London: Scientists have found a new way to smuggle anti-cancer drugs past a natural barrier that protects the brain from outside attacks, a method they say could help treat brain tumours effectively and cut side-effects.
The brain has a defence system that protects it from large, potentially toxic molecules circulating in the blood.
This function, however, ends up in protecting cancer cells inside the brain from drugs.
Now, researchers at Germany`s Max-Delbruck Centre for Molecular Medicine have developed a "nanocarrier" which can hijack the barrier`s own mechanisms and help get the drugs through.
According to the team, molecules which are needed by the brain activate receptors at the barrier, and are actively pulled through.
They now found a molecule which could trigger this process, and constructed a tiny capsule containing the drugmitoxantrone, with this molecule attached to its surface.
The disguise appeared to work, at least in mice with breast tumours implanted into their brains, the BBC reported.
In comparison with untreated mice, the "nanocarrier" mitoxantrone reduced tumour area by 73 per cent, and more importantly, by 45 per cent in comparison with mice simply
given the drug on its own.
It was also found reducing the extent of side-effects in the mice. While those given only the drug had weight loss, dehydration, and stomach disorders, there were no noticeable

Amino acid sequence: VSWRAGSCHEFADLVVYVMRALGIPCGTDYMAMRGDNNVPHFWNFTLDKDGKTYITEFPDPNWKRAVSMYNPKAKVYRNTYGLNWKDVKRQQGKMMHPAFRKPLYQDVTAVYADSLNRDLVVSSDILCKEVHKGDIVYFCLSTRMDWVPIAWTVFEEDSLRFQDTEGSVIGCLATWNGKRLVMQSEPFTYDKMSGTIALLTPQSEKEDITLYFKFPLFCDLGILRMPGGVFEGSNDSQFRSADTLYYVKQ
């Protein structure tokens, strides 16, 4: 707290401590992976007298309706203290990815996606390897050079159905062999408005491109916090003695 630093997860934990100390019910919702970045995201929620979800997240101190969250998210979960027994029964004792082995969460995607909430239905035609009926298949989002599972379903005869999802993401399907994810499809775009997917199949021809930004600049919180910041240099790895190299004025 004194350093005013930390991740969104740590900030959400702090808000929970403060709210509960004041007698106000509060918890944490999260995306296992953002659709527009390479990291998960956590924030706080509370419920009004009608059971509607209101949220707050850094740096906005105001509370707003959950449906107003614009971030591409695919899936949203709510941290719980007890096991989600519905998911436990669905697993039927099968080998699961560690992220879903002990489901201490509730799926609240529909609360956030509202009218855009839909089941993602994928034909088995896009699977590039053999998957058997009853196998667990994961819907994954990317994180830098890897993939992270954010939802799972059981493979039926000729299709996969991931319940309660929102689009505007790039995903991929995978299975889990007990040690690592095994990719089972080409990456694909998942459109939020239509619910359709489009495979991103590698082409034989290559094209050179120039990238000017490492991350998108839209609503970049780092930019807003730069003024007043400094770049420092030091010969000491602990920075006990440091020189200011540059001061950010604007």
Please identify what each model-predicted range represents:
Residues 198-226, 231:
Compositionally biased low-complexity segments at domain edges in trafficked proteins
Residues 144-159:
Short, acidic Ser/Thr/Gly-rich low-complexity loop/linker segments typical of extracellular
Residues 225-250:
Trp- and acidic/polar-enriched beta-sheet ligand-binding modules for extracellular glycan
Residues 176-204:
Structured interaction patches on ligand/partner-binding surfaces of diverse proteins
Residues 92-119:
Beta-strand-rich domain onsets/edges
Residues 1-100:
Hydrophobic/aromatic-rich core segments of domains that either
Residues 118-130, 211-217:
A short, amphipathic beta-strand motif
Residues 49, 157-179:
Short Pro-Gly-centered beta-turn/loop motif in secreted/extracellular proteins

side effects in those given the nanocarrier treatment, the scientists noticed.
This, they said, was because the molecule on the surface of the liposome capsule marked it for delivery to brain cells, stopping it from wreaking havoc in other parts of the body.
Study author Andrea Orthmann said the "nanocarrier" could potentially hold not only other cancer drugs, but also drugs aimed at other brain conditions.
She said: "The liposomes have the potential to be used in several other diseases, including neurodegenerative ones such as Alzheimer`s Parkinson`s and Huntingdon`s disease, as well as other tumours."
However, she conceded that much more work would be needed before the technology could be used in humans.
Roy Rampling, a professor emeritus at Glasgow University, said: "The idea is to encapsulate drugs to deliver their payload once they reach the brain.
"You need to get sufficient drug into the brain without increasing side-effects, and because it is encapsulated, it doesn`t produce the same level of toxicity in other organs,
particularly the bone marrow."
Trevor Lawson, from Brain Tumour UK, which supports similar projects, said that there was an urgent need to find new ways to deliver drugs across the blood brain barrier.